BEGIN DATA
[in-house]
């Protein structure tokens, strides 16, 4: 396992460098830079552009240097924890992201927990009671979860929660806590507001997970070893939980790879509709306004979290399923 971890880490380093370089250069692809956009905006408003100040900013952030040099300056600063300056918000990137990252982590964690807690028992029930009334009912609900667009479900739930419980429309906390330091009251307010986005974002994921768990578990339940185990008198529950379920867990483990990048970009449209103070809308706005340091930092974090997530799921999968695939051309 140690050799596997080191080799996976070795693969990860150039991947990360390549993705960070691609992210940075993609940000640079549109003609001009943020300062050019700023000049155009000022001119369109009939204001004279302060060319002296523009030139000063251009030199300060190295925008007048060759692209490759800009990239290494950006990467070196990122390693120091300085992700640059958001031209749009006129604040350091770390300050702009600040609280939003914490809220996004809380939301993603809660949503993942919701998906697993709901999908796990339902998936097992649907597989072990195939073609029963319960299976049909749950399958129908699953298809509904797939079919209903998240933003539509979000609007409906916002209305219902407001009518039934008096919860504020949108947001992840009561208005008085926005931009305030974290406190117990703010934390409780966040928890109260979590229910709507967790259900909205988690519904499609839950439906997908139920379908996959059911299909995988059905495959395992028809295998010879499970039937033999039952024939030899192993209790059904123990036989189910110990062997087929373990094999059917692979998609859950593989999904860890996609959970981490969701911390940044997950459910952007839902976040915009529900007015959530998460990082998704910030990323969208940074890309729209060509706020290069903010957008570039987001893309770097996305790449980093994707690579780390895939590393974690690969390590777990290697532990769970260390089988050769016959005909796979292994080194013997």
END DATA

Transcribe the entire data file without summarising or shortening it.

[in-house]
């Protein structure tokens, strides 16, 4: 396992460098830079552009240097924890992201927990009671979860929660806590507001997970070893939980790879509709306004979290399923 971890880490380093370089250069692809956009905006408003100040900013952030040099300056600063300056918000990137990252982590964690807690028992029930009334009912609900667009479900739930419980429309906390330091009251307010986005974002994921768990578990339940185990008198529950379920867990483990990048970009449209103070809308706005340091930092974090997530799921999968695939051309 140690050799596997080191080799996976070795693969990860150039991947990360390549993705960070691609992210940075993609940000640079549109003609001009943020300062050019700023000049155009000022001119369109009939204001004279302060060319002296523009030139000063251009030199300060190295925008007048060759692209490759800009990239290494950006990467070196990122390693120091300085992700640059958001031209749009006129604040350091770390300050702009600040609280939003914490809220996004809380939301993603809660949503993942919701998906697993709901999908796990339902998936097992649907597989072990195939073609029963319960299976049909749950399958129908699953298809509904797939079919209903998240933003539509979000609007409906916002209305219902407001009518039934008096919860504020949108947001992840009561208005008085926005931009305030974290406190117990703010934390409780966040928890109260979590229910709507967790259900909205988690519904499609839950439906997908139920379908996959059911299909995988059905495959395992028809295998010879499970039937033999039952024939030899192993209790059904123990036989189910110990062997087929373990094999059917692979998609859950593989999904860890996609959970981490969701911390940044997950459910952007839902976040915009529900007015959530998460990082998704910030990323969208940074890309729209060509706020290069903010957008570039987001893309770097996305790449980093994707690579780390895939590393974690690969390590777990290697532990769970260390089988050769016959005909796979292994080194013997």